my critical eyes are blood shot

Ok. I've watched 53 movies for screening committees so far...and I have about 30+ left to go! I can do this! Stay with me folks! Don't get me wrong, I love doing this but some days...some days I feel like the movies are watching me? (Has that been a horror movie yet? Movie Watches Man? Man, any horror movie fests out there need a screener? No, Donna, NO! Stay focused!) Understandably, I am finding it hard to write about film lately since it is consuming a lot of my waking hours so, in the meantime, I will leave you with some pretty interesting film-centric links to tie you over until my brain is ready to wrap around some blog-style thoughts on film...Note: WebMD suggests the following for my movie worn eyes, "Apply a washcloth soaked in warm water to tired, dry eyes (with eyes closed)." 

1. Mono No Aware is an organization dedicated to film (actual film!), expanded cinema (yay!), and different forms of manipulation of the filmic medium (think film reel looper light boxes or prisms casting off projections). An annual exhibition of performances, installations, and sculptures will be happening this Friday & Saturday (December 6th & 7th) in Brooklyn at Lightspace Studios. I think this is required viewing for anyone who has ever looked at that beam of light coming from a whirring projection booth and thought about what could happen in, around, in front of, or with it! 

2.  Little known fact about me: I wrote my college undergrad thesis on the editing, cinematography, and film genre bending in David Lynch's Mulholland Drive and how they created their own character/audience/director. Yeah. It probably didn't make sense then either... Either way, I did feel a little sense of satisfaction when I recently read that Roger Ebert (along with 1,000 other people) in Colorado in 2002 close read this film, out loud, nearly frame by frame trying to define the lexicon of symbols that hovered around the film like a floating camera over a characters shoulder in a diner, a diner whose dumpster is home to a terrifying ghoul of death (it is still scary! AAAAAHH!)!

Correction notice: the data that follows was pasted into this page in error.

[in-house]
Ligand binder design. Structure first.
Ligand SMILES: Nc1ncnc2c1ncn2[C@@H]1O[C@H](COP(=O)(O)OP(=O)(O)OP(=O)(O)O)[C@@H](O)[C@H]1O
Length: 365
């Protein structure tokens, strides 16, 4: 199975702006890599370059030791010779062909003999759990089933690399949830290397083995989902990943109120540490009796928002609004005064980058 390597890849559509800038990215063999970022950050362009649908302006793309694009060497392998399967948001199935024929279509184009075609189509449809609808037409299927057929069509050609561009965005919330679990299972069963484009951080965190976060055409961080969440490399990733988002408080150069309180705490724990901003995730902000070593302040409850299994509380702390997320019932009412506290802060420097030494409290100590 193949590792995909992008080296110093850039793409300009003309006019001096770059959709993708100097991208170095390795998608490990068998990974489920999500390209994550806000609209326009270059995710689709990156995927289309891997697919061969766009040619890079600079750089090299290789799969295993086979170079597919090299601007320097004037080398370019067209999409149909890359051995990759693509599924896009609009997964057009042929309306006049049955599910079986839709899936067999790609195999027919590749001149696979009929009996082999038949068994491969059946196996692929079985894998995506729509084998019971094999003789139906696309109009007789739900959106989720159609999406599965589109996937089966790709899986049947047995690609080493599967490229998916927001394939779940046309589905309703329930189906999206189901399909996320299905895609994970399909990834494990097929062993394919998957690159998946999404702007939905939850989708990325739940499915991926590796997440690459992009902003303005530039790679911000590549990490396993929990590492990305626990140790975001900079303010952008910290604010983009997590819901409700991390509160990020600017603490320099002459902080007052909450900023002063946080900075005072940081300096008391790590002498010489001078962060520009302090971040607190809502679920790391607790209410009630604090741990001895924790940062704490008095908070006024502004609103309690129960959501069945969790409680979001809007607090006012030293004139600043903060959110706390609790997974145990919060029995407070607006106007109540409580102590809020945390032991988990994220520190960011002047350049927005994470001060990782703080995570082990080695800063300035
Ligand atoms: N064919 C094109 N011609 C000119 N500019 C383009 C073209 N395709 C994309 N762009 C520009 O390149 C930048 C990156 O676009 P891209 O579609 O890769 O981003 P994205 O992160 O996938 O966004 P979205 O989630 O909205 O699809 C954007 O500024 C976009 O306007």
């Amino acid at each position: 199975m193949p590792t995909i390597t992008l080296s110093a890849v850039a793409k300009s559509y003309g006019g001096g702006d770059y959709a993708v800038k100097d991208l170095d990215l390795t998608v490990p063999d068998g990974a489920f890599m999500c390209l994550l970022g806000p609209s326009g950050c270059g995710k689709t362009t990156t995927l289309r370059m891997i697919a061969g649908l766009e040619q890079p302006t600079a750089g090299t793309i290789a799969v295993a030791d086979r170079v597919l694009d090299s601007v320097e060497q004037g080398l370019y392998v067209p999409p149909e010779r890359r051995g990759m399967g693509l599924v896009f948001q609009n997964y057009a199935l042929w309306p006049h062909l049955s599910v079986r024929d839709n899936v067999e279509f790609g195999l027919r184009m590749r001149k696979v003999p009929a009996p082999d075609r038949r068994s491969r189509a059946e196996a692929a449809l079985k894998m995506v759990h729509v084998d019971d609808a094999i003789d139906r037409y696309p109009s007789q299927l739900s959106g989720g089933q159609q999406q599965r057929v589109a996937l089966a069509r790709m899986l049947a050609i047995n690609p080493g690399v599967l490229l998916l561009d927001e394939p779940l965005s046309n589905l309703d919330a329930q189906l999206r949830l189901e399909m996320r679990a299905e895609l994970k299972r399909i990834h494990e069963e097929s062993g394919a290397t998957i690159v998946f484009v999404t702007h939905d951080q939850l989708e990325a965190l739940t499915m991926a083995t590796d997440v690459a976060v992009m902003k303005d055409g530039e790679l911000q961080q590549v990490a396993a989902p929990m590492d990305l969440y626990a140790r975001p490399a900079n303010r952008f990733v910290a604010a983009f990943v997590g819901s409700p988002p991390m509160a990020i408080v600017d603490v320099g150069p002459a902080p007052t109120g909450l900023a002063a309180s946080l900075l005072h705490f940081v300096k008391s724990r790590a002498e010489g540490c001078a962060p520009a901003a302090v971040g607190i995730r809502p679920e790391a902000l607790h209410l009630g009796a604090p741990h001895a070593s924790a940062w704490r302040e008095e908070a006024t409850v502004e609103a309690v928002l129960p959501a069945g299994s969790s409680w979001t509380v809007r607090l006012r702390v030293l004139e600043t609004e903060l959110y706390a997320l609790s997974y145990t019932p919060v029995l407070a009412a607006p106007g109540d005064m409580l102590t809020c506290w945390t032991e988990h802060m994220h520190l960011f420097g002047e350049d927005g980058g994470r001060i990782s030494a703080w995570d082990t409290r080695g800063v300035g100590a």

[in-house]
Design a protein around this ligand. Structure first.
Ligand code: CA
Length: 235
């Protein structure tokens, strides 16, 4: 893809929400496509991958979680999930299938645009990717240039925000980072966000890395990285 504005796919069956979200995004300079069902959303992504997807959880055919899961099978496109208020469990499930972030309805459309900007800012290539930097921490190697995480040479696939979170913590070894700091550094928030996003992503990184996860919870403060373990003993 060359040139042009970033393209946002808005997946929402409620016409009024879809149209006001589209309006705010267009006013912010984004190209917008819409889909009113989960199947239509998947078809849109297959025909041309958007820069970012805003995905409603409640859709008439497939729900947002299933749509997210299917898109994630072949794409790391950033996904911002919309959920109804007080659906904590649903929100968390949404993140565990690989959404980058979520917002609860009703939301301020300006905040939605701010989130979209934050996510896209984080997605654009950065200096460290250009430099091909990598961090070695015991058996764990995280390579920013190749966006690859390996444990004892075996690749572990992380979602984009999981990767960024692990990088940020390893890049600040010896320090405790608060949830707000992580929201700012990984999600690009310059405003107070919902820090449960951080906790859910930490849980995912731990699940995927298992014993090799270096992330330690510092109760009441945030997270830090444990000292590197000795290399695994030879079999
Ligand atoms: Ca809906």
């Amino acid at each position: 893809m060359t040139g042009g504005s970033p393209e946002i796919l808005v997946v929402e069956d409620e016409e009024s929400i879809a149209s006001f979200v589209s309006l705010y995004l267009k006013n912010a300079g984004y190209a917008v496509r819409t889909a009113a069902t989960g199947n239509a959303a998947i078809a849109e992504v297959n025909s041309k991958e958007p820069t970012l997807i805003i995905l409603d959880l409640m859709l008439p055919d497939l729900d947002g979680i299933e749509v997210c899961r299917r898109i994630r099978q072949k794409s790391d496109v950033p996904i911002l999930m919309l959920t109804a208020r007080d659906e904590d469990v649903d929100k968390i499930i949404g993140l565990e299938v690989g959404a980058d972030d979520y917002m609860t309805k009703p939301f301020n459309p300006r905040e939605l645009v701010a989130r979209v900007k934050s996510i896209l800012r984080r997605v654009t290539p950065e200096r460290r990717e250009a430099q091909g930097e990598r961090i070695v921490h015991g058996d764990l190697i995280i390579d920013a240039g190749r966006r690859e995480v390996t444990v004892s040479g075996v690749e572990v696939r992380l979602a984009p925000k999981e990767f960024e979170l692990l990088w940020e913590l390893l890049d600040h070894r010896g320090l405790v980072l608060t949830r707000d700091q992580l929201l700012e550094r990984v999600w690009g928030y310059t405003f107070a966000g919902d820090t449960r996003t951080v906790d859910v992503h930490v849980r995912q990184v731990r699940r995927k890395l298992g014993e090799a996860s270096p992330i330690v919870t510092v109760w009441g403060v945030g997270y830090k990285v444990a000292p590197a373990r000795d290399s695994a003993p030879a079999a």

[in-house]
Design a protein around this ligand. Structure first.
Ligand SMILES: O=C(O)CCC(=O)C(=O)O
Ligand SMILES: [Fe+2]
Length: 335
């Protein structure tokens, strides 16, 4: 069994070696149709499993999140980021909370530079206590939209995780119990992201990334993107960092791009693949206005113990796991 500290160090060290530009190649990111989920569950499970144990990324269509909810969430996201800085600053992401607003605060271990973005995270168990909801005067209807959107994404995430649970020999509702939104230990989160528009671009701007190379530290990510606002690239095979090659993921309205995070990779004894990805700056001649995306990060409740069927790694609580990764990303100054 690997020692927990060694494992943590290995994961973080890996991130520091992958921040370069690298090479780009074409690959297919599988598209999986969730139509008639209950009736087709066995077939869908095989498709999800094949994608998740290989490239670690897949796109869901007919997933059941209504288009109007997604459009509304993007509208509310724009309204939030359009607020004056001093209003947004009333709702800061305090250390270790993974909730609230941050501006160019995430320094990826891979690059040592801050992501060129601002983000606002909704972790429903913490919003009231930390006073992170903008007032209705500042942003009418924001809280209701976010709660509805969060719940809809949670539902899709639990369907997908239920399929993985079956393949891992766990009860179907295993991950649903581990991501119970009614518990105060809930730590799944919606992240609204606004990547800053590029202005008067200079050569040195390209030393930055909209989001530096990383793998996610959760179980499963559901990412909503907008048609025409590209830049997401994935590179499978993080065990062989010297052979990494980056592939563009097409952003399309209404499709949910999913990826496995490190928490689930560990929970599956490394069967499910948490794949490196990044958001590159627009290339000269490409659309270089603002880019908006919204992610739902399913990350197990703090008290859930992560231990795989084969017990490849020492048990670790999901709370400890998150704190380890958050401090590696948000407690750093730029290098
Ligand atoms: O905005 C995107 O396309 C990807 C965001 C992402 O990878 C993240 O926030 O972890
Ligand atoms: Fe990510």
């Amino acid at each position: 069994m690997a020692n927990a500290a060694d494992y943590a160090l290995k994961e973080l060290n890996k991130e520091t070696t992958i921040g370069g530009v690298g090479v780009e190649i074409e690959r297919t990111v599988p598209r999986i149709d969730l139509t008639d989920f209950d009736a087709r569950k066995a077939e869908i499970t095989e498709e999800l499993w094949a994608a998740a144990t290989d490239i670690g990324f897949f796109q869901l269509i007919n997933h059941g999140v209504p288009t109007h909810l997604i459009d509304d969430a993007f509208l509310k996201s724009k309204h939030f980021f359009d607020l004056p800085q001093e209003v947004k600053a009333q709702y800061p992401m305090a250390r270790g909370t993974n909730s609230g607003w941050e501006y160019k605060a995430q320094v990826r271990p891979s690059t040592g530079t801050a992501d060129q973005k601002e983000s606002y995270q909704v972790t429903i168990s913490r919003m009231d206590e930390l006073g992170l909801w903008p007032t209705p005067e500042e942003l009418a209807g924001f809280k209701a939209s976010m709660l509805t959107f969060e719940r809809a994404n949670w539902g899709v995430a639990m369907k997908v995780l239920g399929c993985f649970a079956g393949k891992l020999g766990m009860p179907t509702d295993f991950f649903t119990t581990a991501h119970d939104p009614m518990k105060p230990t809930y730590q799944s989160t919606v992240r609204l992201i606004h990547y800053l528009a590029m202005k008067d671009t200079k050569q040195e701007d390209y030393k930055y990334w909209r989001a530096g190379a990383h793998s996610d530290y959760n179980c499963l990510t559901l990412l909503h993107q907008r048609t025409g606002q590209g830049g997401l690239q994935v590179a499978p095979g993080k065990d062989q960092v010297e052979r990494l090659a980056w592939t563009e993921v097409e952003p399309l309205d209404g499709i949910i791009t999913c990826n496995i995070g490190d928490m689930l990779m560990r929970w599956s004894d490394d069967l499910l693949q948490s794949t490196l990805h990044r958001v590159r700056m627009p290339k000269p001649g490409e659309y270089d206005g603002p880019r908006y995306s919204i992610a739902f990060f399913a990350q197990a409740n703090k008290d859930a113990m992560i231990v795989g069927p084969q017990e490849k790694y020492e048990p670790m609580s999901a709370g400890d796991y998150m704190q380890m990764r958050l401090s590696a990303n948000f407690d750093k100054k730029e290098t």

3. Youtube had some kind of awards ceremony. Which would seem unimportant if it wasn't for the fact that youtube, and others like it, really has revolutionized the way we access media and even, to some extent, the way, the type and the quality with which new media is produced, a new award for a new platform. Yes.  I didn't watch the event but I have watched some clips and there is this awesome staged w/sets, in camera effects broadcast, and a real music video online quality specifically for youtube watchers, mixed with live music performance for a live audience- the two modes feeling very separate in a new way, unlike any other award show event production I have really ever seen. This weird hybrid reminded me of the best of cable access & it's simple DIY spirit, of the risky, and the slightly scripted messes that make live performance, all a nice wake up from overly executed contemporary Hollywood & the overly edited-in-post-mostly-acted non reality of reality tv.  

4. And, lastly, some random shorts/promos I found and like just now:
  • When I was 6 or 7 at the local county fair there was a balloon festival. In attempts to make proper race weight a balloon operator needed a scrawny kid and pointed at me. I declined because I didn't want to leave my friend behind at the fair with my parents. This beautiful, time lapse hot air balloon video makes me regret my decision even more. I know mom, I know, I should have gone...sigh...
  • Ryan Trecartin (the maker of grotesque, John Waters-ish, spazzy, high pitched, experimental, layered, brightly colored art films) is like the internet: he always seems to mesmerize AND bore me? His new one is no different! 
  • O, and Laure Provoust, a conceptual French artist working in London, won the coveted Turner Prize- like a lot of money & prestige for weird art that you'd think wouldn't make money on it's own but does- they give out in England annually.  I know nothing about her work but this video , this video I like!



Donna K. lives in the Midwest and on the internet. Mostly she writes about her interest in the offline world.